Diante Baldwin (G, 5’11”, 2013) – High Point Christian Academy , showed incredible ability under the bright lights with the game on the line. Baldwin is deft in traffic and plays well in the open floor, cutting through the lane with reckless abandon. We last scouted Diante at the Adidas Phenom 150 camp. Has an offer from Appalachian State.

Tyler Lewis (PG, 5’11”, 2012)- Oak Hill, committed to NC State. By now, it should be well known what Lewis brings to the table, having played several games on national television with Oak Hill, but he’s still proving that he can play at the elite level without question. He’s known for flashy passes and no-look shiftiness, but the reality is that it’s not all show with Lewis; he will find whichever teammate is open at any time. We last scouted Lewis when Oak Hill played QEA earlier in the season and when the team took on Miller Grove.

Jordan Adams (SG, 6’5″, 2012) – Oak Hill, committed to UCLA. Jordan looks like he’s gotten back in season shape and was running the floor better; smooth with a good ability to slash across the lane, Adams is primarily known for being a deep threat. He has a pro jump shot and is as consistent as ever.

Brandon Bolden (C, 6’11”, 2012) – Quality Education Academy, committed to Georgetown. Bolden is athletic and has a great second bounce off of the floor. He wants to block everything and is a factor with his height and both ends of the floor. Still raw offensively but definitely a high major big.

Montay Brandon (G, 6’7″, 2012) – Wesleyan Christian Academy, committed to Florida State. Brandon didn’t have a great shooting performance but his size and ability to play at the perimeter make him a tough stop for smaller guards. Big time bounce, good ballhandling and solid potential headed to the ACC.

Theo Pinson (SG, 6’5″ 2014) – Wesleyan Christian Academy Undeclared. Although most recruiting publications don’t rank sophomores, some have ranked Pinson as the #2 sophomore in the nation behind Andrew Wiggins, who we scouted last May at the Jordan Brand Classic. Pinson has the build to play the off guard and is explosive in transition. Can shoot from deep and if he keeps working, should have a bright future.

Christian Hairston (SF, 6’7″, 2013) – Greensboro Day School Undeclared. Hairston is a smooth forward and has great awareness on the floor, definitely a player to keep up with and already has some offers. Explosive and a good defender, closes out fast on the shooters and can slash to get his own shot.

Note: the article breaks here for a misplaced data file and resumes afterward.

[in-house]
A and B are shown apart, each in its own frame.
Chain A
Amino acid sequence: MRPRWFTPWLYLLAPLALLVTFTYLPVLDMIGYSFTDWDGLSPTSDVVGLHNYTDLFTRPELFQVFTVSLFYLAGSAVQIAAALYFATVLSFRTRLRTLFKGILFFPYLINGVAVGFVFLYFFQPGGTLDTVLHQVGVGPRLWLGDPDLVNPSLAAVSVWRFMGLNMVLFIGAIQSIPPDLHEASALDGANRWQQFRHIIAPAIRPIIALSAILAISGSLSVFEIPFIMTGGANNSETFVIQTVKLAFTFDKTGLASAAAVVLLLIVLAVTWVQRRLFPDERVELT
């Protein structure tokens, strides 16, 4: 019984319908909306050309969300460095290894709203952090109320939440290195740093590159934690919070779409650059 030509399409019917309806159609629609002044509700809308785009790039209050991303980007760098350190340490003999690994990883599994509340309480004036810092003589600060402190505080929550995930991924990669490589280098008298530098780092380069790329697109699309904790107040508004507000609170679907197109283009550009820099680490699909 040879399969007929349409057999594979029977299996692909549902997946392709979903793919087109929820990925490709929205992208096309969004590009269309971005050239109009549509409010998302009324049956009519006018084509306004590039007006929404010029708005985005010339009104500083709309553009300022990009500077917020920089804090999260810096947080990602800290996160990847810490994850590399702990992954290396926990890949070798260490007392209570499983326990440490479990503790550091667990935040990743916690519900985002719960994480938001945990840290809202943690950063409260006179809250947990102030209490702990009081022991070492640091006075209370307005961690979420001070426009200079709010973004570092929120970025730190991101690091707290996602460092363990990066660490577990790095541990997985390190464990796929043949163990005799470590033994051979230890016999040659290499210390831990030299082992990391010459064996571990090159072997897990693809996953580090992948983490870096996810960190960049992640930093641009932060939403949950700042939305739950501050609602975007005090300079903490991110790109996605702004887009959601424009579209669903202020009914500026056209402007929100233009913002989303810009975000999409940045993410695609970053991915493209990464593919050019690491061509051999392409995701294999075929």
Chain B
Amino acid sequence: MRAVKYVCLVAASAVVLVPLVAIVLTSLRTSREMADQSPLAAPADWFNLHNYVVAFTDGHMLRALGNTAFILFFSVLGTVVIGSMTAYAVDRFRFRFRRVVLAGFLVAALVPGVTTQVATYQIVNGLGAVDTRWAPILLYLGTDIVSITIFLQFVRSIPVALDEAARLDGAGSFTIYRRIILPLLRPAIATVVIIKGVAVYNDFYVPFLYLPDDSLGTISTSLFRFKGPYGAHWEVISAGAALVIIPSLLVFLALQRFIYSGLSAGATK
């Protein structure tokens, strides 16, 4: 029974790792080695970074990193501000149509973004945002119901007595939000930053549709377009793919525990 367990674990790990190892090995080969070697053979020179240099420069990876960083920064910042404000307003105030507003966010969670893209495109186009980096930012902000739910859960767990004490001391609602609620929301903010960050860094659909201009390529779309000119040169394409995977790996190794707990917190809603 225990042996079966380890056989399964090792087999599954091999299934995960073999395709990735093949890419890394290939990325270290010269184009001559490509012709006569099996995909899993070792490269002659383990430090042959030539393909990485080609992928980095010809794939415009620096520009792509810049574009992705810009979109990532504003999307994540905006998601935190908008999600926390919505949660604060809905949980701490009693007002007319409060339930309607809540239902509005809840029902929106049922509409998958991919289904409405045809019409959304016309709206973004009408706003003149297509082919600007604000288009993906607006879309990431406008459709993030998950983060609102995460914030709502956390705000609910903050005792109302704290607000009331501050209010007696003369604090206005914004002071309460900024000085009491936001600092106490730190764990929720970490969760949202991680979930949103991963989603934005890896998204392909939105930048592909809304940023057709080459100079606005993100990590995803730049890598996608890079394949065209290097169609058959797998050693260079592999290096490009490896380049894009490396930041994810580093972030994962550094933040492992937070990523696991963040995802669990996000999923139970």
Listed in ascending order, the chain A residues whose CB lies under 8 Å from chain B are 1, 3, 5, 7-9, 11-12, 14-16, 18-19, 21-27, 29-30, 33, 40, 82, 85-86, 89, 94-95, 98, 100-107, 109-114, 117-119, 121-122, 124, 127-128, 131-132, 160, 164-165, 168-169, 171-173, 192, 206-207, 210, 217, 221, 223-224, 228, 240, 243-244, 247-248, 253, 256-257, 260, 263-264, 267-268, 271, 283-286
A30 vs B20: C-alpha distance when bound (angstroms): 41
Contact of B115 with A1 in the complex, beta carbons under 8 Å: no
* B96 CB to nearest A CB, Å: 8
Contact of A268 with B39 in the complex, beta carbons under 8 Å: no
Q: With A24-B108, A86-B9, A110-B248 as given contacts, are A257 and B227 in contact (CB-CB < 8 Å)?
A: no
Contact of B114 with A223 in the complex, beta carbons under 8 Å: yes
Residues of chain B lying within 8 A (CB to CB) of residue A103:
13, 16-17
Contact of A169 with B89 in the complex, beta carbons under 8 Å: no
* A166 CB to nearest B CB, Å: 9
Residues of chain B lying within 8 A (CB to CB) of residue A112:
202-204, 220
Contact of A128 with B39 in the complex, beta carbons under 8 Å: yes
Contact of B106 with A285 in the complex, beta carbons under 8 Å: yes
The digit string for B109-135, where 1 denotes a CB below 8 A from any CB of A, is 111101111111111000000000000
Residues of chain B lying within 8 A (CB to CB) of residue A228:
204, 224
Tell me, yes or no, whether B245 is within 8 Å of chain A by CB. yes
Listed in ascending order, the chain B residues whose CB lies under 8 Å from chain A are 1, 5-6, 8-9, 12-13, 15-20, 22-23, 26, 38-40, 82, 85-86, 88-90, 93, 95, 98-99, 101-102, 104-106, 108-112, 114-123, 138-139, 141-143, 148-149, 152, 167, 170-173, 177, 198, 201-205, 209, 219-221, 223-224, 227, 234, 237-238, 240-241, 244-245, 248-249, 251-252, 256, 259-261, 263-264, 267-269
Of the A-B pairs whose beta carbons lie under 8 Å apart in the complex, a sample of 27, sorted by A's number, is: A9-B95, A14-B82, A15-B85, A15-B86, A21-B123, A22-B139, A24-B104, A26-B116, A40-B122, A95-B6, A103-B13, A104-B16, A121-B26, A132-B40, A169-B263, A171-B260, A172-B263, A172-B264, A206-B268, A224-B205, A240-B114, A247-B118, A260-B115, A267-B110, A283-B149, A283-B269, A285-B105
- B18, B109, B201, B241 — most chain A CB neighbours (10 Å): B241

Christian Hairston basketball
Christian Hairston is an unsigned prospect with big time potential.

James Ford (SG, 6’4″, 2012) – Quality Education Academy Ford is a big time prospect that hasn’t been on the radar as much as he should be, but this year teams are starting to take notice. He can shoot from deep, get to the rim and has all of the skills to play at the next level. Getting interest from Clemson, College of Charleston, Duquesne, Georgia State.

Shannon Hale (PF, 6’8″, 2012) – Christ School Committed to Alabama. A smooth forward, Hale makes the game look easy. He has a good high release on his shot and defends well on the ball.

Jerome Hairston (PG, 6’2″, 2012) – Christ School Committed to Towson. Showed slick ballhandling and highlight passes, Hairston showed he has some mixtape moves with the ball in his hand. Surprise talent of the day.

A.J. Hammonds (C, 7’0″, 2012) – Oak Hill Committed to Purdue. A big force in the paint, Hammonds is a half court center who can be a brutal defender in the lane, making guards and wings regret they attempted to slash to the hoop.

Sam Hunt (PG, 6’0″, 2013) – Dudley HS (Greensboro, NC) Showed he could compete at a high level as his team took on Oak Hill. The game wasn’t close, but Hunt poured in 23 points and showed his ability to score and defend on the perimeter.

Josh Level, (SG, 6’5″, 2014) – Christ School A guard with good size and vision. Level squares up on his shot, is a big time leaper and good defender. A lot to like about his game.

JaQuel Richmond (PG, 6’0, 2014) – Wesleyan Christian Academy - solid, quick point guard who throws bullet passes and runs the offense with purpose. Has an ability to get to the rim against elite competition and still has two more years to improve.

Reed Lucas (SG/SF, 6’4″, 2013) – Greensboro Day School Deceptively athletic wing who has a good first step and likes to slash to the basket, but also can shoot from range.

More Notable Players:

Colton Bishop (PG/SG, 6’1″, 2014) – Forsyth Country Day

Darryl Davender (PG, 5’9″, 2013) – Body of Christ Academy

Mike Murray (PG, 5’9″, 2012) – Norfolk Christian Academy

Reggie Dillard (SG, 6’3″, 2013) – Greensboro Day School

Jackson Kent (SF, 6’7″, 2013) – High Point Christian Academy

Tracy Gathings (SF/PF, 6’5″, 2012) – Ben L. Smith HS (Greensboro, NC)

Ibrahim Diallo (C, 6’9″, 2015) – Quality Education Academy

Joshua Woodward (PF, 6’6″, 2012) – Wesleyan Christian Academy

Jonathan Hood (G/F, 6’4″, 2012) – Body of Christ Academy

Tevin Findlay (G, 6’4″, 2012) – Quality Education Academy

Jordan Robinson (PF, 6’8″, 2014) – Quality Education Academy

By: James Blackburn

Cameron Moore UAB basketball
Photo Credit:

Game Scouted: UAB @ Southern Miss
Box Score

Southern Miss wins 59-55

Cameron Moore (F, 6’10”, SR)

6-11 FG, 13 TP, 1 block, 8 rebounds

Does not shoot a lot of threes- but hit a 3 on a baseline OB early in first that did not look bad at all-only perimeter shot taken this game. Strong upper body/physical. Good base/center of gravity. Athletic- not an incredible high flyer- but above average athlete for size. Good athletic shot blocker- especially from weak side (averages 3 blocks a game). Gets deep/solid post position- stays bodied up with his defender-Southern Miss was forced to front him. Pretty good rebounder- but there were several boards in the game that he should have had- good rebounder none the less- better defensive rebounder then on offensive end. Effective hook shot over left shoulder. Good screener-head hunts- gets his shooters open by setting hard, wide screens off the ball. Not a great passer- but did have a big assist out of double team for lay up with about 5 minutes to go with a close score. Really wants ball in post.